I immediately liked Plants vs. Zombies when I discovered it after getting a Kindle Fire. I liked the animation and the pace of the game. It’s nicely balanced for me. Not too easy, not too hard.
It’s the kind of game that has always appealed to me, having to do with… resource management? Earning points or dollars or whatever and making decisions on what to build in order to… what? I wouldn’t have known how to describe the appeal, exactly, but then I saw it described in Wikipedia as a “tower defense” game. That short label suggested so much about what it was I liked.
Wikipedia says, “Tower defense is a subgenre of real-time strategy computer games.” I think it gets to my favorite part of the real-time strategy games I used to play, like Warcraft and Starcraft. Managing the resources and building things up and then seeing the action unfold.
With Plants, there’s a lot of satisfaction with arranging things sustainably and watching your defenses devour the attackers. Not that you want it to be too easy. That would be boring, of course. You want a challenge, and you want to have something to do while playing, but you also want to sit back and enjoy the fruits of your brilliant resource management and defensive placements.
So that’s Plants. It hasn’t been too much of a distraction. Having it on the tablet means I can save it more for “in between” times and other non-working moments. It doesn’t ambush me when I’m “at the computer” with Important Things to do. (Not anymore. Not since making it through the first time.)
Yesterday morning I noticed a recent Jason Kottke post about Kingdom Rush:
I was addicted to this tower defense game awhile back as an in-browser Flash game, but the iPad version is even better. It’s like the iPad was made for games like these. (thx, jim)
ps. Can you hear that sound? That’s Kingdom Rush sucking all your free time away this weekend. You’re welcome.
Seeing the words “tower defense” activated an internal call to battle that obliterated all the flimsy defensive towers in my brain. Fortunately I didn’t see this on Friday when posted. It only managed to suck away my Sunday. I probably played this thing for a total of seven hours yesterday. I say “probably” because the nature of the time-suck vortex was as vague as it was consuming. Much of the time was spent stuck on one level. It started feeling like a job, although the time passed much faster than in any job I’ve ever had. I think I was enjoying it, even as I felt increasingly empty and desperate inside.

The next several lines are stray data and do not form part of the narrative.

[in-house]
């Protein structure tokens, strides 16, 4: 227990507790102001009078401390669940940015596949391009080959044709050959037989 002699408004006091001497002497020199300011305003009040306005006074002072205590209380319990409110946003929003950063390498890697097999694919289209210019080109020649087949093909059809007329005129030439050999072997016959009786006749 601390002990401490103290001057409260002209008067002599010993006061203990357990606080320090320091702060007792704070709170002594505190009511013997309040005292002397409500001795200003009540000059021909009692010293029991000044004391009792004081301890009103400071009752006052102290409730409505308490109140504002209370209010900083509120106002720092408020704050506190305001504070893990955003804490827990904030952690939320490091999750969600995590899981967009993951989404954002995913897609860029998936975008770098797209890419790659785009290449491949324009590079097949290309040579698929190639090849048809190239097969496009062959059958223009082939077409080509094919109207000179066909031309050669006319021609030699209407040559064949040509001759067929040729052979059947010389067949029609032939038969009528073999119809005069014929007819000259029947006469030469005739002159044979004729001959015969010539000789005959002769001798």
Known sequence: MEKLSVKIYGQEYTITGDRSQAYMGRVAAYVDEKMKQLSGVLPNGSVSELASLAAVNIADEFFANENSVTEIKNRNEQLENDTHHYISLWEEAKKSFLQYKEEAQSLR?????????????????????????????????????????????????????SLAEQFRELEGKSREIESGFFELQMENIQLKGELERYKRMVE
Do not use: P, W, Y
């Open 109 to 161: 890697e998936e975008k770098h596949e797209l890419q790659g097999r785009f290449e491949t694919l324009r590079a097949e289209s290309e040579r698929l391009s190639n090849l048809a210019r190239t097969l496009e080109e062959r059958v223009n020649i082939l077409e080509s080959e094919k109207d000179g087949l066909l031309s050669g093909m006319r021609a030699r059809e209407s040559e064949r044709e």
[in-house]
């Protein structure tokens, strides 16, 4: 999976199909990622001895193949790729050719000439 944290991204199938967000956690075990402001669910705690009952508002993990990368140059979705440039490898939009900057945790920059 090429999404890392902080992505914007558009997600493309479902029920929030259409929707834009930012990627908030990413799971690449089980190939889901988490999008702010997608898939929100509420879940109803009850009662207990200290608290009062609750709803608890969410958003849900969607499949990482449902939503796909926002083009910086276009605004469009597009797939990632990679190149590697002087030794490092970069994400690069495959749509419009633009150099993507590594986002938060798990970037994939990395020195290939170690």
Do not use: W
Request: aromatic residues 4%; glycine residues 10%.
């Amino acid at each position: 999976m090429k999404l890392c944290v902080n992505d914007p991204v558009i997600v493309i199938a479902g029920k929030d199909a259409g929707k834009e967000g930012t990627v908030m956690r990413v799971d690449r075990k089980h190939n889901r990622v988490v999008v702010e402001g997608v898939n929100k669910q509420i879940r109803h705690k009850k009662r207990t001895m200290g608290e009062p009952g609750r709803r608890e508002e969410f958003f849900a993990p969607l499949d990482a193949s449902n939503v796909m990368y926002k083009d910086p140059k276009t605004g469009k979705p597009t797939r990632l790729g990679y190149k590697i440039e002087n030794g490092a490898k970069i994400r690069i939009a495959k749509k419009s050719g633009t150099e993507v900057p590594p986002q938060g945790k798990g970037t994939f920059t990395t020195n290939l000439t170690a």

I managed to get a solid two hours of playing time in before my five-year-old daughter woke up. She was interested to see the new game, but she called me down for breakfast, after which we played at other things for a couple of hours, with my thoughts on Kingdom Rush and looking forward and fearing my return to it.
Then she got together with her neighbor friend, so I finally returned, unhindered at least by child-neglect guilt. And I played all afternoon and into the evening, and I just felt generally bad about the whole thing.
For one thing, I was stuck on that damn level. I had sailed through several levels before getting mired at Stormcloud Temple, overrun repeatedly by enemy hordes. It takes almost a half hour to get through the whole scenario, although I didn’t get to the end the first several tries, being slow to adjust my losing strategy. Finally I watched a video on YouTube to get a clue. Just the beginning, at first. That helped me start getting deeper into the level and wasting even more time.
And I had other help.